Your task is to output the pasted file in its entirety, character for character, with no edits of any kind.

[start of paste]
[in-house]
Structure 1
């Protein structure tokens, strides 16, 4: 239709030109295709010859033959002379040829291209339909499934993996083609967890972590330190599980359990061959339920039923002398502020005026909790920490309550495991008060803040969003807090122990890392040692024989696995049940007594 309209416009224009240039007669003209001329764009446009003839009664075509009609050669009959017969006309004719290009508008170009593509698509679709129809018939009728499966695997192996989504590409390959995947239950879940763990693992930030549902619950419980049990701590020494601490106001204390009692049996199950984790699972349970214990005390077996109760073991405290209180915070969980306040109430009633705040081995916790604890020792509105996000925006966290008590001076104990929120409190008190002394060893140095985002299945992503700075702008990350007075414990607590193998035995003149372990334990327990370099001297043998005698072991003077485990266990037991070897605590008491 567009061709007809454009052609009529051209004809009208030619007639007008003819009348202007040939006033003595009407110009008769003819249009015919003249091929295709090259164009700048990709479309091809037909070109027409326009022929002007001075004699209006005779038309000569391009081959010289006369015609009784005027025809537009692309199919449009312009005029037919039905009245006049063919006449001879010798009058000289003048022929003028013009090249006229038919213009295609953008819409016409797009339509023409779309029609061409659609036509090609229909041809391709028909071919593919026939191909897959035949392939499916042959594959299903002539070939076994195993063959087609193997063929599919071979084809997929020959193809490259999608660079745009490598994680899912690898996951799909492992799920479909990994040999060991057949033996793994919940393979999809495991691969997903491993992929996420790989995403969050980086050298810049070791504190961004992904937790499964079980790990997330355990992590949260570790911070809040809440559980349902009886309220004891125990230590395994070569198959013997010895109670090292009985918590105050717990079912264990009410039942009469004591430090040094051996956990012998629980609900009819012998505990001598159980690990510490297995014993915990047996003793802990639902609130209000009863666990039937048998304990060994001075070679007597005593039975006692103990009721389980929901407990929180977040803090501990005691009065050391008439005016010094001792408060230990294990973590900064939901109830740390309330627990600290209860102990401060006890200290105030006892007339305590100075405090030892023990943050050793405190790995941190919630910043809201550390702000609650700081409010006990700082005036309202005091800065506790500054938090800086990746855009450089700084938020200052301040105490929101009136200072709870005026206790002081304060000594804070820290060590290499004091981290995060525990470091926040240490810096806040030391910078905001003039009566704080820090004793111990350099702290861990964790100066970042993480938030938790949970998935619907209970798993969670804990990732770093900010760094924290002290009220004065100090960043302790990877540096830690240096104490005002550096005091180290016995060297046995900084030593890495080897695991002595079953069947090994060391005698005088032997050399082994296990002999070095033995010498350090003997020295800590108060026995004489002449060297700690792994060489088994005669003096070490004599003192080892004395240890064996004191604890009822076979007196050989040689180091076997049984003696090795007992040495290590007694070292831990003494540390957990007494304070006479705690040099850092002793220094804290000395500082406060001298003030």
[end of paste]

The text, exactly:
[in-house]
Structure 1
């Protein structure tokens, strides 16, 4: 239709030109295709010859033959002379040829291209339909499934993996083609967890972590330190599980359990061959339920039923002398502020005026909790920490309550495991008060803040969003807090122990890392040692024989696995049940007594 309209416009224009240039007669003209001329764009446009003839009664075509009609050669009959017969006309004719290009508008170009593509698509679709129809018939009728499966695997192996989504590409390959995947239950879940763990693992930030549902619950419980049990701590020494601490106001204390009692049996199950984790699972349970214990005390077996109760073991405290209180915070969980306040109430009633705040081995916790604890020792509105996000925006966290008590001076104990929120409190008190002394060893140095985002299945992503700075702008990350007075414990607590193998035995003149372990334990327990370099001297043998005698072991003077485990266990037991070897605590008491 567009061709007809454009052609009529051209004809009208030619007639007008003819009348202007040939006033003595009407110009008769003819249009015919003249091929295709090259164009700048990709479309091809037909070109027409326009022929002007001075004699209006005779038309000569391009081959010289006369015609009784005027025809537009692309199919449009312009005029037919039905009245006049063919006449001879010798009058000289003048022929003028013009090249006229038919213009295609953008819409016409797009339509023409779309029609061409659609036509090609229909041809391709028909071919593919026939191909897959035949392939499916042959594959299903002539070939076994195993063959087609193997063929599919071979084809997929020959193809490259999608660079745009490598994680899912690898996951799909492992799920479909990994040999060991057949033996793994919940393979999809495991691969997903491993992929996420790989995403969050980086050298810049070791504190961004992904937790499964079980790990997330355990992590949260570790911070809040809440559980349902009886309220004891125990230590395994070569198959013997010895109670090292009985918590105050717990079912264990009410039942009469004591430090040094051996956990012998629980609900009819012998505990001598159980690990510490297995014993915990047996003793802990639902609130209000009863666990039937048998304990060994001075070679007597005593039975006692103990009721389980929901407990929180977040803090501990005691009065050391008439005016010094001792408060230990294990973590900064939901109830740390309330627990600290209860102990401060006890200290105030006892007339305590100075405090030892023990943050050793405190790995941190919630910043809201550390702000609650700081409010006990700082005036309202005091800065506790500054938090800086990746855009450089700084938020200052301040105490929101009136200072709870005026206790002081304060000594804070820290060590290499004091981290995060525990470091926040240490810096806040030391910078905001003039009566704080820090004793111990350099702290861990964790100066970042993480938030938790949970998935619907209970798993969670804990990732770093900010760094924290002290009220004065100090960043302790990877540096830690240096104490005002550096005091180290016995060297046995900084030593890495080897695991002595079953069947090994060391005698005088032997050399082994296990002999070095033995010498350090003997020295800590108060026995004489002449060297700690792994060489088994005669003096070490004599003192080892004395240890064996004191604890009822076979007196050989040689180091076997049984003696090795007992040495290590007694070292831990003494540390957990007494304070006479705690040099850092002793220094804290000395500082406060001298003030």